Mick Kennedy believes his brutal brand of tackling has been consigned to football’s ‘history’.
As a midfielder, he was a much-feared competitor with a whole-hearted win-at-all-costs approach.
My aim was to win the ball to start with, but sometimes you wouldn’t actually get the ball, so it went missing for a couple of secondsMick Kennedy
Inevitably, sending-offs and suspensions were a regular feature of his seasons, particularly at Fratton Park.
The 56-year-old is to be inducted into Pompey’s Hall of Fame on Friday, along with Mark Hateley, Alan Rogers and Gemma Hillier.
And he reflected on his combative style over three-and-a-half Blues campaigns.
Kennedy said: ‘I was like Alan Ball’s autograph.
‘At the bottom of it he always put the word “win”. Well, that was my signature in terms of the way I played.
‘It was about winning, nothing else mattered. I would do absolutely anything to win a game, whereas a lot of players wouldn’t.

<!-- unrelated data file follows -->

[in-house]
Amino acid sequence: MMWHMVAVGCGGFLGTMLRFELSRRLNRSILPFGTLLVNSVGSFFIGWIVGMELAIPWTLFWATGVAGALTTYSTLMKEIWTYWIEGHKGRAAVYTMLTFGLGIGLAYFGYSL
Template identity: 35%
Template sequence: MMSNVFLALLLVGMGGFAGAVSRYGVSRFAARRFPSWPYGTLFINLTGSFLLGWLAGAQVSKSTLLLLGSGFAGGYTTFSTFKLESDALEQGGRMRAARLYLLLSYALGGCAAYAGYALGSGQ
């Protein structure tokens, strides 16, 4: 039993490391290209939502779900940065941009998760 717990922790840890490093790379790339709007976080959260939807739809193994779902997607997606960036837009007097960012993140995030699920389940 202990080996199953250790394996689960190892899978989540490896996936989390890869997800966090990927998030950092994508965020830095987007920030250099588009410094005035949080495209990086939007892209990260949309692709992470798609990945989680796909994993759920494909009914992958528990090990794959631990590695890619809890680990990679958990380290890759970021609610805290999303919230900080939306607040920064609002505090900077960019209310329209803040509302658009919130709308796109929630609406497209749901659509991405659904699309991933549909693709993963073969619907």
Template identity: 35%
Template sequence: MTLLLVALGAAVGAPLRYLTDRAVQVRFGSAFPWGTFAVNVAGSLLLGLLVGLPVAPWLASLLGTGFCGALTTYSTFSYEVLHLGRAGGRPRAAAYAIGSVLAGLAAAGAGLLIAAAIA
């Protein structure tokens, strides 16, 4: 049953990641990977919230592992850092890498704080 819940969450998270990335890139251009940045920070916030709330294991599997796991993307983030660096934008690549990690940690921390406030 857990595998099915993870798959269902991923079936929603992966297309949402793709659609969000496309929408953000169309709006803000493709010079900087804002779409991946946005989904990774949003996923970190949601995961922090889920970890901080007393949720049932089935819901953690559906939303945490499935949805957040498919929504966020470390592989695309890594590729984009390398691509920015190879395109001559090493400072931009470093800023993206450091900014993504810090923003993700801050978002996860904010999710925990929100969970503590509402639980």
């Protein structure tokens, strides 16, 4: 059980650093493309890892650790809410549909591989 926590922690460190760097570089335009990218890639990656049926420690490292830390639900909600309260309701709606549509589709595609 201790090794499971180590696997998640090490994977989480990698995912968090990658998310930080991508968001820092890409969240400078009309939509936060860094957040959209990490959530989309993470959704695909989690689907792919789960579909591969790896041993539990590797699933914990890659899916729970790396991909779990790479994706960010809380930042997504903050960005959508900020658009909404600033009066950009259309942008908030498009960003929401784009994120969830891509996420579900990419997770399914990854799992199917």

‘I wouldn’t try to get sent-off – even though I had plenty of red cards, which I am not proud of.
‘I could cross with both feet, I was more of an assist-maker than goalscorer, although if I scored it was 30-yards out, usually a one-off.
‘As for my style of tackling, that is history now, you can’t do that anymore. I call it unique.
‘The game has changed. I talk to Blakey (Noel Blake), inset, now and he tells me players are more mobile, fitter, more agile – and the tackling has gone out of it.
‘My aim was to win the ball to start with, but sometimes you wouldn’t actually get the ball, so it went missing for a couple of seconds!
‘I suppose it was the aspect of my game, you don’t have 10 clubs for nothing, they buy you.
‘I would also talk and encourage players, I wouldn’t criticise.
‘It was never negative, always positive.’
While Kennedy was a popular performer among the supporters, there were also plenty of other talent in that Alan Ball side.
He added: ‘There were that many good players at Pompey, I really can’t put my finger on one as being the best, it would be unfair.
‘Billy (Gilbert) was a right good player, Blakey was good at what he did, Kenny Swain was a brick wall, Dill (Kevin Dillon) could do things no other players could.
‘Cally (Kevin O’Callaghan) scored a goal at Huddersfield in the last game of the 1984-85 season and if we’d have won and Manchester City lost against Charlton we would have gone up.
‘I was right behind him when he took on about three players and slotted it in, an incredible goal.
‘And Vince Hilaire was quality – top lads and top players.’